Home Art Magazine La Biennale Venezia 2022

How is the definition of the human changing? What constitutes life, and what differentiates plant and animal, human and non-human? What are our responsibilities towards the planet, other people, and other life forms? And what would life look like without us?

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The 59th International Art Exhibition, defined as “the women’s Biennale” by The Guardian, is now open. In fact, this year the exhibition includes 213 artists from 58 countries, of which the majority – for the first time in the history of the Biennale – are women. 

Taking place from the 23rd of April to the 27th of November, the title of this edition of La Biennale is ‘The Milk of Dreams’.

 

Andrea Avezzù, Venice’s Arsenale, 2019, Courtesy of La Biennale di Venezia.

 

The Earth, Bodies, metamorphoses, technologies… The exhibition The Milk of Dreams takes its name from Leonora Carrington’s children’s book where life is constantly re-imagined in a magical world of otherworldly creatures, of possibilities and re-definition of the self.

“(…) I intend to give voice to artists to create unique projects that reflect their visions and our society”, states Cecilia Alemani, first Italian woman to hold the position of curator at the Venice Biennale. 

This exhibition is grounded in many conversations with artists, and the questions that kept emerging from these dialogues:

“How is the definition of the human changing? What constitutes life, and what differentiates plant and animal, human and non-human? What are our responsibilities towards the planet, other people, and other life forms? And what would life look like without us?”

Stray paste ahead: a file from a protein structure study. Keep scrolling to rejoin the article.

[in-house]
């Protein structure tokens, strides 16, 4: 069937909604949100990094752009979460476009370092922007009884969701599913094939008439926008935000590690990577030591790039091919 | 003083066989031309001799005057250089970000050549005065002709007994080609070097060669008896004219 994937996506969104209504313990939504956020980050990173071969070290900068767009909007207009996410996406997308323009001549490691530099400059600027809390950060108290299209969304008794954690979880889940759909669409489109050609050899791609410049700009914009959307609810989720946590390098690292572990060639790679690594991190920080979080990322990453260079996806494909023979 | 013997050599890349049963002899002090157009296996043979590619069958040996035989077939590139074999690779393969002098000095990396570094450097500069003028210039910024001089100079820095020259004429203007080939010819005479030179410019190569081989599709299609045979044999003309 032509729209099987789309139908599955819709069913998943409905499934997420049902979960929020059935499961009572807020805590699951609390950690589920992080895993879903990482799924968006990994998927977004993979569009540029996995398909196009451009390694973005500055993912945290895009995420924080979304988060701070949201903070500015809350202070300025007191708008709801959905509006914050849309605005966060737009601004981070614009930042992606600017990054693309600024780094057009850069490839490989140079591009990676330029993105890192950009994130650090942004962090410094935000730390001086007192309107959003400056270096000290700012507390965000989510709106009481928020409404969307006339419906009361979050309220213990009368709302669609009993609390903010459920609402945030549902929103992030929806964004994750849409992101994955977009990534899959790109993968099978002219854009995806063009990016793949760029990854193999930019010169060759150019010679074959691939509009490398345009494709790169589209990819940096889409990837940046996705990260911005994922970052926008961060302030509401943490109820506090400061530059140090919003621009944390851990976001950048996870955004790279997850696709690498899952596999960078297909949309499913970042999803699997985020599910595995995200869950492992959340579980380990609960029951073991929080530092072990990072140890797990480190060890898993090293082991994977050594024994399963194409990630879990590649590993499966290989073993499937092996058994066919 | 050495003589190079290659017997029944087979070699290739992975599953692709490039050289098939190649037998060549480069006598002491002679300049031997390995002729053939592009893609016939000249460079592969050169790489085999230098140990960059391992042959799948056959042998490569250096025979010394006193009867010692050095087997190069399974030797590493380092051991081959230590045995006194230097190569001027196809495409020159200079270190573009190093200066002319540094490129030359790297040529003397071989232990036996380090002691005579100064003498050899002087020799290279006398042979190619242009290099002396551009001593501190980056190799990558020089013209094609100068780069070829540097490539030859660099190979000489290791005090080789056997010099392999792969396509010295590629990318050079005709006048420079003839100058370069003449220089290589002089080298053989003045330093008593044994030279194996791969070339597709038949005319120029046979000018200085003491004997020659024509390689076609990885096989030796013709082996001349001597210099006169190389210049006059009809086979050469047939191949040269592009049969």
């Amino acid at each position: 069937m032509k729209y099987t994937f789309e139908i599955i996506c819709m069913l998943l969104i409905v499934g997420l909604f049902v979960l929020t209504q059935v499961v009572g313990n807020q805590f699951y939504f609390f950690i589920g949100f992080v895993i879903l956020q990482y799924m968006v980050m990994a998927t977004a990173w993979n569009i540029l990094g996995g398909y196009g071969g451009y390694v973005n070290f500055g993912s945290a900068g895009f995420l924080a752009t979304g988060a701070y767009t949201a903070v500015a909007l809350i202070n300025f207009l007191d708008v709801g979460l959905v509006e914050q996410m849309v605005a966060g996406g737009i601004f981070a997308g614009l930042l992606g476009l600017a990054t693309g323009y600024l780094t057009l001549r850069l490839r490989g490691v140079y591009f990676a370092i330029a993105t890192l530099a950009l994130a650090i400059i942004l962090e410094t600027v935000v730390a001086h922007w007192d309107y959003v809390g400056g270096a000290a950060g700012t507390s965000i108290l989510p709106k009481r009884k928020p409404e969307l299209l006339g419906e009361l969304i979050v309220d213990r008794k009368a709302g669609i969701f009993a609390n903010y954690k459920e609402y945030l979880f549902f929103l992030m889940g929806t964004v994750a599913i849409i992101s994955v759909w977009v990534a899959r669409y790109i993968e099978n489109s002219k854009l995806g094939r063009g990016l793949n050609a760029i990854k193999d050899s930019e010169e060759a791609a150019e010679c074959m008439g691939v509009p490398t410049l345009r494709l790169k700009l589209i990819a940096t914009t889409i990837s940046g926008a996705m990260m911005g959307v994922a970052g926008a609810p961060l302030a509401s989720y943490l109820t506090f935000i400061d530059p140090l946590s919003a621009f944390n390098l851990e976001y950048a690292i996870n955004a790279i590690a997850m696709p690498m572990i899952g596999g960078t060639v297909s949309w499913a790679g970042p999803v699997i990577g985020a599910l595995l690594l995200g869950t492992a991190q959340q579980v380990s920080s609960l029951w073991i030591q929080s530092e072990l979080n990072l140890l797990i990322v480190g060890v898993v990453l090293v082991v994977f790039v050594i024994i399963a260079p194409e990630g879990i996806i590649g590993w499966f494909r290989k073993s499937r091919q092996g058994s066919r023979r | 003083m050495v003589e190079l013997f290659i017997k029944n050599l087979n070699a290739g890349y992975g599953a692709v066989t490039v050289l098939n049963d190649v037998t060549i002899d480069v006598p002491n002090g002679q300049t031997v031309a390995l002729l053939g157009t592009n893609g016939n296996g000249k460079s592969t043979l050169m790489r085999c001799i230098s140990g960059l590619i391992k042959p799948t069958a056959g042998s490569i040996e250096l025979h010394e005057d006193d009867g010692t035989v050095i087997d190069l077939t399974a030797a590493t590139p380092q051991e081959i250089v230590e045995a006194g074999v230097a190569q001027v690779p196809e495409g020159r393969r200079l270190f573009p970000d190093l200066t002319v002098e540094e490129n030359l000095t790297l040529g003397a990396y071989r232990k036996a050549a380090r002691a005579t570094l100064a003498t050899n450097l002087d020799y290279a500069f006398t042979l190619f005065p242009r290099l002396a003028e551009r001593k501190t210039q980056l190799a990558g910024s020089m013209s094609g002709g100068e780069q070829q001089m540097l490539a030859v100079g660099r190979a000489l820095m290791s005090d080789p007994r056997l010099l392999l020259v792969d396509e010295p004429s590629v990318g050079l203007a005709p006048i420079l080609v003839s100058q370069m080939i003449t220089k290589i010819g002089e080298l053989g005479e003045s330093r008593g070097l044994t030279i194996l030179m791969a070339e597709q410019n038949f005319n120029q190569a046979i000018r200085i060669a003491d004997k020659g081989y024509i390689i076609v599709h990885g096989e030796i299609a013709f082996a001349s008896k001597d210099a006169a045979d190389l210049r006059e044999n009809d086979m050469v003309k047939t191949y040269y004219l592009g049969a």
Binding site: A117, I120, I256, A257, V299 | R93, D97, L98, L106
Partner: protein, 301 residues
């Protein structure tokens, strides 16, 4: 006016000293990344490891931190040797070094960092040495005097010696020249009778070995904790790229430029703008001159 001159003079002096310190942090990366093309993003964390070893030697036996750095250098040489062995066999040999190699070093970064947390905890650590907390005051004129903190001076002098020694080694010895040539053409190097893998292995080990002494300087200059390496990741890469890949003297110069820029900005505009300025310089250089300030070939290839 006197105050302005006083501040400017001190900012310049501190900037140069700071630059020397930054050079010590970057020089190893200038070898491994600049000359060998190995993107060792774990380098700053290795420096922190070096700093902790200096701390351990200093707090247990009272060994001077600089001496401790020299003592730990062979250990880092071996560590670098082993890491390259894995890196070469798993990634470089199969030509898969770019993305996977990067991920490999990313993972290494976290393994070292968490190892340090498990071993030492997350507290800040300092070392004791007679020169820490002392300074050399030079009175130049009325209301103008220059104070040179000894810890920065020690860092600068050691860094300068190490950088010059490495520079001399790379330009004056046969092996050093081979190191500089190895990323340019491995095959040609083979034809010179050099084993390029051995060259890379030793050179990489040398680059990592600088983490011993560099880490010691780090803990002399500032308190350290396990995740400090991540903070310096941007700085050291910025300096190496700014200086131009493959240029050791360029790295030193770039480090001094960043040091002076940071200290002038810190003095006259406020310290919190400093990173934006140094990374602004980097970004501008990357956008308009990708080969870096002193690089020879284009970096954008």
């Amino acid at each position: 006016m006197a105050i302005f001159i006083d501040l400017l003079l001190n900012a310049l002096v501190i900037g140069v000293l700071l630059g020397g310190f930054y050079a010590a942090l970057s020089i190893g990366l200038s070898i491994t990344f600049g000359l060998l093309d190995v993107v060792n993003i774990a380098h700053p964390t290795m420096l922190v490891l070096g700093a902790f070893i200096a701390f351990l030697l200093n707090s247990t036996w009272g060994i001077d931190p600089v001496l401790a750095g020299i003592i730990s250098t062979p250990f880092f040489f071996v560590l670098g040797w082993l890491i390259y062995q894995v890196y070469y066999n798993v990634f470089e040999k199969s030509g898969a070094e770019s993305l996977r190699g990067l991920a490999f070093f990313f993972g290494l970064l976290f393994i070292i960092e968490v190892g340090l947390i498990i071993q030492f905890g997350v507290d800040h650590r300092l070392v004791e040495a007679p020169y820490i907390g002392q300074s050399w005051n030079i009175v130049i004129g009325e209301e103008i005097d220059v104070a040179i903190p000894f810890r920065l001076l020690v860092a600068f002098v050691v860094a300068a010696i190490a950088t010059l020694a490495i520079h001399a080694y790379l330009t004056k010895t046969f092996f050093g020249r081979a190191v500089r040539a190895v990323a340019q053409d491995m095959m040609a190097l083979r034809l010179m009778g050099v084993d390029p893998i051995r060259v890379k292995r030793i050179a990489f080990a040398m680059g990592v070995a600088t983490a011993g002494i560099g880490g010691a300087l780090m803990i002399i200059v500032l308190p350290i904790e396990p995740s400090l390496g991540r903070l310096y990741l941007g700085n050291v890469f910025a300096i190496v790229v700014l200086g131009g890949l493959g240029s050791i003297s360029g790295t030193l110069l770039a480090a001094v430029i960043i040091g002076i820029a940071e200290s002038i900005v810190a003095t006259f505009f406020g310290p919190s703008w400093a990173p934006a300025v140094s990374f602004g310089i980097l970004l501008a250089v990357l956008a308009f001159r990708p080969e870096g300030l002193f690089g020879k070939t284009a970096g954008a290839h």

n.d., Central Pavillion at La Biennale, n.d., Courtesy of Italiani.it

 

At the core there is the understanding that the world we live in is under threat. The survival of our species, the pressure of technology, strengthening social tensions, the pandemic, and the looming threat of environmental disaster remind us how we are part of a “symbiotic web of interdependencies that bind us to each other, to other species, and to the planet as a whole”.

Linking past and present, five small historical ‘time capsules’ feature women artists and cultural practitioners whose work has been left out and marginalised. 

Three central themes weave through the display at the Arsenale and the Central Pavilion: the representation of bodies and their metamorphoses; the relationship between individuals and technologies; and the connection between bodies and the Earth. 

 

Italian Pavillion, Couresty @labiennale
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Cover image: Felipe Baeza, ‘The Milk of Dreams’ Banner, 2022, Courtesy of the Artist ©Felipe Baeza

 

Written by Zoë Rivas Zanello

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